Letters from our readers

The following is a selection of recent letters to the World Socialist Web Site.

On “Ghost town: Melinda and Melinda, written and directed by Woody Allen”

I can’t comment on Allen’s latest film, because I don’t watch movies much anymore (I live out of my camper on public lands and don’t bother with a computer and DVD, but I use computers at public libraries).

When I was a teenager in the late ’60s and early ’70s, I always felt compelled to see the latest movie by Woody Allen. Strangely, I found most of his stuff silly and downright embarrassing to watch. His humor seemed so contrived, even though I understood he was using “sight gags” and other well-established burlesque techniques. Was he as cynical as I remember him? By chance, I saw a portion of Annie Hall when I was at a motel a few years ago, and indeed it seemed so to me. Even that scene, where he directs a motorist in his effort to park, which got such a big laugh at the time, seems puerile in retrospect. And his character’s behavior towards Annie (Diane Keaton) was often crude and mean-spirited. The bedroom scenes were disturbing and memorable, more tragedy then comedy.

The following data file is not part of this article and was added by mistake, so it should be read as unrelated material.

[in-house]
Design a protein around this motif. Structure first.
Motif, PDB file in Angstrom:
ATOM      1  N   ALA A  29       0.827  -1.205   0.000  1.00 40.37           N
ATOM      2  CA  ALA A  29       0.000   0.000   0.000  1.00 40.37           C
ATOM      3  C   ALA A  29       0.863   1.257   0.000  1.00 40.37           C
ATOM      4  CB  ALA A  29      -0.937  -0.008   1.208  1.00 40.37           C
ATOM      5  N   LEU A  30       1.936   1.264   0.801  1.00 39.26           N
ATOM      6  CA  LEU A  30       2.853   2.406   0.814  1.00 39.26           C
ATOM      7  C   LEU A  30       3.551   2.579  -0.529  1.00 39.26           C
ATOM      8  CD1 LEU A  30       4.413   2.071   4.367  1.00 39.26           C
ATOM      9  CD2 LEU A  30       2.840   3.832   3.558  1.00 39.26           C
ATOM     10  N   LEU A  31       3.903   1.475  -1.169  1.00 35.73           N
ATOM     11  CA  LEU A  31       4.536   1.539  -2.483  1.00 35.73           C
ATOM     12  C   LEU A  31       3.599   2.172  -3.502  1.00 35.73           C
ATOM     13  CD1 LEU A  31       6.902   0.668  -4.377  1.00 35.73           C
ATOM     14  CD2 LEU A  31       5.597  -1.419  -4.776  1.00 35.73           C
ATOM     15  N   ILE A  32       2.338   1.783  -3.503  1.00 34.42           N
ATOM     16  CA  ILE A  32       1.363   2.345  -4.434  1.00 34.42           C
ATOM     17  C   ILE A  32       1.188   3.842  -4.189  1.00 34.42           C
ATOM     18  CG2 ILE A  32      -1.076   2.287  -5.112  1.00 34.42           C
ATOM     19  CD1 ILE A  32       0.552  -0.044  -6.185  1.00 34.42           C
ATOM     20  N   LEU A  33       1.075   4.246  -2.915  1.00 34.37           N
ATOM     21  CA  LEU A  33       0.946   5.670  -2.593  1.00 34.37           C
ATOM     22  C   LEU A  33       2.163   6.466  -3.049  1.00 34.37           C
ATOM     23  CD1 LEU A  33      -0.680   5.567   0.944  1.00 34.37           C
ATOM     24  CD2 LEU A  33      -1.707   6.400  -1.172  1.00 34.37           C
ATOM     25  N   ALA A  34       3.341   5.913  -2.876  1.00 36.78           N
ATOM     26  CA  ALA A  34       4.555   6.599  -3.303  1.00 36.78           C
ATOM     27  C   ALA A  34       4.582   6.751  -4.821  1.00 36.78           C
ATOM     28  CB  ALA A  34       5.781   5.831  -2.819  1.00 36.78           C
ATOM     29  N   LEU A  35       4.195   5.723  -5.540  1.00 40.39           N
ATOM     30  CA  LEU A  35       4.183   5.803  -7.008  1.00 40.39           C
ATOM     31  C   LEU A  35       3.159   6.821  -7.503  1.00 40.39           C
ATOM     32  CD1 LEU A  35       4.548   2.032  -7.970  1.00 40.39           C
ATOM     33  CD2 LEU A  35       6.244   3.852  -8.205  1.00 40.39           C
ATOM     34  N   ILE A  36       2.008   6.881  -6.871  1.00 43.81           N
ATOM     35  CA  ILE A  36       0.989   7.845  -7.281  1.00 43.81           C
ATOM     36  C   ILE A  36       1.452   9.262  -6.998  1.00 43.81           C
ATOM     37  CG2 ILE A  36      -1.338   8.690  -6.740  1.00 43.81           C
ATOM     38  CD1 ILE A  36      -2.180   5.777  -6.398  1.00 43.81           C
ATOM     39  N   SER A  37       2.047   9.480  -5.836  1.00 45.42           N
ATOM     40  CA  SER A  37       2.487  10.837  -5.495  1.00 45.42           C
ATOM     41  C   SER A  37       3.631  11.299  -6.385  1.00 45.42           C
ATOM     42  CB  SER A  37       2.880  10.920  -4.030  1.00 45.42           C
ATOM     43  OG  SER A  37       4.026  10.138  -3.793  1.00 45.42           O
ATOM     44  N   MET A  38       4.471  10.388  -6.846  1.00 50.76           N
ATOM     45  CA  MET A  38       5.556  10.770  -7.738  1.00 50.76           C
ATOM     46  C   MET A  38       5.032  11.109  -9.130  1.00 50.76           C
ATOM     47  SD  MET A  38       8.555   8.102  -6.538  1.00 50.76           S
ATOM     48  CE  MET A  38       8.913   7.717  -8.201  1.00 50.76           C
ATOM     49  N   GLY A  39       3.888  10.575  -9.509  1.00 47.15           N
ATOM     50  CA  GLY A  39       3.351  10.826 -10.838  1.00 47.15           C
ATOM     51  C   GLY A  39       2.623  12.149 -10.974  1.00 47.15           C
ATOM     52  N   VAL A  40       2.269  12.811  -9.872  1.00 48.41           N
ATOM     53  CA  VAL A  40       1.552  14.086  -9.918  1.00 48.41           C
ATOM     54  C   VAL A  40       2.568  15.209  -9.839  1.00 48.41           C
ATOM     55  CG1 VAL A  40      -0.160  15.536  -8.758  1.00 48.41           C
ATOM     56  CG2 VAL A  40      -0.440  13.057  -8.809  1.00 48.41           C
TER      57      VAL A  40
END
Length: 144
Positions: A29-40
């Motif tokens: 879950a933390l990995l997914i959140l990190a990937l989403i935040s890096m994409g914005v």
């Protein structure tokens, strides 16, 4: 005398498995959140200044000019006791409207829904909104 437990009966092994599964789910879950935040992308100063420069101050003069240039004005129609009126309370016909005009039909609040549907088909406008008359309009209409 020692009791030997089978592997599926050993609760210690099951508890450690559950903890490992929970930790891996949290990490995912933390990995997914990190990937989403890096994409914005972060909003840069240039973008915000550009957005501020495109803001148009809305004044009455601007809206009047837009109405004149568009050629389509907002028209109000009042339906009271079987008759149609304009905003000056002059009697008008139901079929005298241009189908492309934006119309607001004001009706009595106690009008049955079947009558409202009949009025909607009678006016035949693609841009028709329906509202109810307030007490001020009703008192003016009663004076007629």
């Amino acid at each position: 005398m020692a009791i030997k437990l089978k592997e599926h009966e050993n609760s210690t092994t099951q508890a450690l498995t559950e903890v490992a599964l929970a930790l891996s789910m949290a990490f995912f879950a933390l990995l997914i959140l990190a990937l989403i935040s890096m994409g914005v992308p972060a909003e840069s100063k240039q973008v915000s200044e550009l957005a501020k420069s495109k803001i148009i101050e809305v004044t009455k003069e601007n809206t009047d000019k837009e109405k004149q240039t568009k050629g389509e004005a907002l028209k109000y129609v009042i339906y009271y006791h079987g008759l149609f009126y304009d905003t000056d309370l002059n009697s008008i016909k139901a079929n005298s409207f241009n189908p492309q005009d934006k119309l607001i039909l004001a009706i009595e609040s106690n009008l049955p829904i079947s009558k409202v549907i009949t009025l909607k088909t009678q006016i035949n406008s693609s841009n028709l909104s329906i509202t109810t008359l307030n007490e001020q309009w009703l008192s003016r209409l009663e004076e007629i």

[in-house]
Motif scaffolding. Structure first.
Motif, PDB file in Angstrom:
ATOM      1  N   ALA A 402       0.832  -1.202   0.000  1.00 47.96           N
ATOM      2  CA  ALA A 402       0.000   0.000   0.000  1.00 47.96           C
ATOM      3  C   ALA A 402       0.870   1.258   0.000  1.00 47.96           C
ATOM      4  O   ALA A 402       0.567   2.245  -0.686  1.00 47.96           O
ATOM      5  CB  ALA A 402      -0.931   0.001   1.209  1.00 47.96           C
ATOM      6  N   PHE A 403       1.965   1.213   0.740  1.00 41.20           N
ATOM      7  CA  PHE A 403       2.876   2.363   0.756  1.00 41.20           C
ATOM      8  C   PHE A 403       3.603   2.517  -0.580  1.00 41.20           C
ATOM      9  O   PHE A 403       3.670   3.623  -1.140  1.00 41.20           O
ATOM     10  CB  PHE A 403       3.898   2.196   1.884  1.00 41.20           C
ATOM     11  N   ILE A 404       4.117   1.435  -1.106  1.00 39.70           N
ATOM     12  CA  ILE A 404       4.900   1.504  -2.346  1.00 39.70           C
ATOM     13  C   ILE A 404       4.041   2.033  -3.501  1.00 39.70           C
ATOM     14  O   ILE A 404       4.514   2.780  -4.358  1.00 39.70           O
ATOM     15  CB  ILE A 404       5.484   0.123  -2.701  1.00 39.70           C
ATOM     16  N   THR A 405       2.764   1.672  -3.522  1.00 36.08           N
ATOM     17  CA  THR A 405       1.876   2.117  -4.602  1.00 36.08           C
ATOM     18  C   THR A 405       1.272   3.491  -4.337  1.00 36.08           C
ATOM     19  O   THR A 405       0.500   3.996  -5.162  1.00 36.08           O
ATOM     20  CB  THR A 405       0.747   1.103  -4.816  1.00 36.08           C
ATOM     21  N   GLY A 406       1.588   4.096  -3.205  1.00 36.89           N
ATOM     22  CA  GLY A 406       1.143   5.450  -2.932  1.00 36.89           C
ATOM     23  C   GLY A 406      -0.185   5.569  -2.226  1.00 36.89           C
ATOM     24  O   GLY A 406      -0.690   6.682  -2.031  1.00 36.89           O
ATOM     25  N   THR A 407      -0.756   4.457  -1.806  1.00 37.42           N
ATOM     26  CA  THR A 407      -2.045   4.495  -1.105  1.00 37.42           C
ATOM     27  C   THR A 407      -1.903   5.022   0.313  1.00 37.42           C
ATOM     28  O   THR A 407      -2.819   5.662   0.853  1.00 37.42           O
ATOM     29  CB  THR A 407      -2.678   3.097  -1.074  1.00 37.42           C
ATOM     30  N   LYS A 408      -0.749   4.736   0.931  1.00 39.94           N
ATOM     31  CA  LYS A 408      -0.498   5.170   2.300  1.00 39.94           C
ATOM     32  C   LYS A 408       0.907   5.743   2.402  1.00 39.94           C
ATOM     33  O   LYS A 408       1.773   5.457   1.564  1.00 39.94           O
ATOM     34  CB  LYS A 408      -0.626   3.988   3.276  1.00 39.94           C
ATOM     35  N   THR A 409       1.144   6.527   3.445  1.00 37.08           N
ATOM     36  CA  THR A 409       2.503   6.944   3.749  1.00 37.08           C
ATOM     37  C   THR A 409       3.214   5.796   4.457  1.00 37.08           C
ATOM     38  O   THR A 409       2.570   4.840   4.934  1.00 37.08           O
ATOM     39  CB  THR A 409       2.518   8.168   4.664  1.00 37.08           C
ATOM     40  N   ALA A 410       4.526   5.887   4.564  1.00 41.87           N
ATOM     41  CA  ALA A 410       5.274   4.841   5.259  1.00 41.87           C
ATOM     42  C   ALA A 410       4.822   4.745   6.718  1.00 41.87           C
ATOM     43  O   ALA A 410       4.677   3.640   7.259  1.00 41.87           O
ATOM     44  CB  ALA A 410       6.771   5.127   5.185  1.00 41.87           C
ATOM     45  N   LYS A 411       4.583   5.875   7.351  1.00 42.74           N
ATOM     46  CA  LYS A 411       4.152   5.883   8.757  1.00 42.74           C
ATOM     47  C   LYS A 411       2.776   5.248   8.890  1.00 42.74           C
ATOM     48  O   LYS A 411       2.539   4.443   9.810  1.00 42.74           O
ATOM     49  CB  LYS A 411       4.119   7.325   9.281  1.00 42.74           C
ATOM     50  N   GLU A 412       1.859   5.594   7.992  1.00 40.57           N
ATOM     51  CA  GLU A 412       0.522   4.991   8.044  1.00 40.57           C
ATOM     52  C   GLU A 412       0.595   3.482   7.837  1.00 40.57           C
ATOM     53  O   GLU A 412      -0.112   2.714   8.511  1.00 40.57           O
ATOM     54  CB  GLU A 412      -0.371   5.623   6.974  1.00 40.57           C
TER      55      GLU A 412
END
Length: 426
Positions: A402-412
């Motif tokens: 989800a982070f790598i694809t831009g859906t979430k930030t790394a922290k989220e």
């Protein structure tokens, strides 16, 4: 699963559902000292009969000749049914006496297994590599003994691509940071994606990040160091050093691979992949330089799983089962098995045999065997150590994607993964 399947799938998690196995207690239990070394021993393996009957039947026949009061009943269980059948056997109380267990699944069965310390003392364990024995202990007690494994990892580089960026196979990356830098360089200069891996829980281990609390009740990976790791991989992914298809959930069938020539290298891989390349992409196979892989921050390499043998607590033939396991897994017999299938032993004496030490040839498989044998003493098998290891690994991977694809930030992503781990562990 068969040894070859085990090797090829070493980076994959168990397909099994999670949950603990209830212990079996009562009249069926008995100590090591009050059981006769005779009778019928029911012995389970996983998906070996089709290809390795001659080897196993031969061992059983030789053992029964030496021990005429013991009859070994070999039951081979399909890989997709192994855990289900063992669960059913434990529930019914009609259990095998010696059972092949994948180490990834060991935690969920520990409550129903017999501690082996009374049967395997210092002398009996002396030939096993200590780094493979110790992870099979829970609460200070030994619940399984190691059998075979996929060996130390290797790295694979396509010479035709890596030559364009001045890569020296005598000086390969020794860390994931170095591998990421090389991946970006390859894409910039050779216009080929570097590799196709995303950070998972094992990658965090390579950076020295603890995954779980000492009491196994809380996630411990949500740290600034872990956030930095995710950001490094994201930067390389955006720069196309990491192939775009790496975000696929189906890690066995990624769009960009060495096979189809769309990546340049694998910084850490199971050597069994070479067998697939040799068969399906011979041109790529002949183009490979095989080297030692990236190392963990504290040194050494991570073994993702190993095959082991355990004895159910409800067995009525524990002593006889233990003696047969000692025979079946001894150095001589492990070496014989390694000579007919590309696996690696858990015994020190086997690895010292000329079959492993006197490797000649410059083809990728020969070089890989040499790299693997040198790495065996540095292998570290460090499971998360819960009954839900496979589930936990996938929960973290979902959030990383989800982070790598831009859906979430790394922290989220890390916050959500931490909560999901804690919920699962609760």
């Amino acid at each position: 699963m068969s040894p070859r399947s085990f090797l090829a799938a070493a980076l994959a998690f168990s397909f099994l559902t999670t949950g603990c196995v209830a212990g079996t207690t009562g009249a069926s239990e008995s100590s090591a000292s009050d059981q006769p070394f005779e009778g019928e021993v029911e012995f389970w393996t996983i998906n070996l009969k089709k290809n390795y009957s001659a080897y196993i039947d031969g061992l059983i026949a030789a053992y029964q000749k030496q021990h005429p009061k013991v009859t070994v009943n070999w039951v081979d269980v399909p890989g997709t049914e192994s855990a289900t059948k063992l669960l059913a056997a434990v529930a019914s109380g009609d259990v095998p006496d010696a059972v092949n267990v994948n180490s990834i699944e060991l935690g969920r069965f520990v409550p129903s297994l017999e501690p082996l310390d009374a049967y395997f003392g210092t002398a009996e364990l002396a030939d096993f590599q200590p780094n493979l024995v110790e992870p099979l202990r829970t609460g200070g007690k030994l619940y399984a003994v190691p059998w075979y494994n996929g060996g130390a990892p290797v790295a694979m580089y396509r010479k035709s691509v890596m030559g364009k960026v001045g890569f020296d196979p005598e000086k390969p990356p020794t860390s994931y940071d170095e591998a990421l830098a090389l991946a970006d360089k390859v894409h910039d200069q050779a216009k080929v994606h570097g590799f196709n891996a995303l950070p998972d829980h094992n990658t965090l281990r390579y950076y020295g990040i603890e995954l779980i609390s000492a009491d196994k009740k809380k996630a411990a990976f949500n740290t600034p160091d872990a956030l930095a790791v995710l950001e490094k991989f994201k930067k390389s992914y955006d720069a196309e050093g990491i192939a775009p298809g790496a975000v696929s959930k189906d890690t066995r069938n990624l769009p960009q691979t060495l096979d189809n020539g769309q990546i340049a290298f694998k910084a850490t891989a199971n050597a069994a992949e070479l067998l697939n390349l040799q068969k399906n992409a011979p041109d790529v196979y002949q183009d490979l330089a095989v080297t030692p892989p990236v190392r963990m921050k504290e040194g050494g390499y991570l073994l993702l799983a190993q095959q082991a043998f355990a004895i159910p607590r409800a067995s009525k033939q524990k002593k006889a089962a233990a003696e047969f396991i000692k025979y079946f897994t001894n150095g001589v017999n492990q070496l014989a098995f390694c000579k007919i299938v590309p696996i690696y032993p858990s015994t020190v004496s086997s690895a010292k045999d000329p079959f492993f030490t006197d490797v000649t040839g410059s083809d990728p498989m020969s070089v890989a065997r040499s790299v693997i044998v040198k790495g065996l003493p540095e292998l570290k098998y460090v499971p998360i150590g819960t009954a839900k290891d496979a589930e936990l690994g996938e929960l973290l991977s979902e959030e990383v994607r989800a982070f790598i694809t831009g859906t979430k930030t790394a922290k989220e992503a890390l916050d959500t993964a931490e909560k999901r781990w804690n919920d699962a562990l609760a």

Certainly, Allen is not Chaplin, and perhaps it’s not fair to compare them. But it’s not just an era that separates them. Around 1971, when Allen was very popular, I went to a screening of Charlie Chaplin’s The Gold Rush and The Pawn Shop (I think that’s the title). The audience was roaring with laughter throughout the films. It got to a point where I began to feel a connection with all the people in the theatre, as if we were enjoying it together and understood it together. A remarkable moment I never will forget.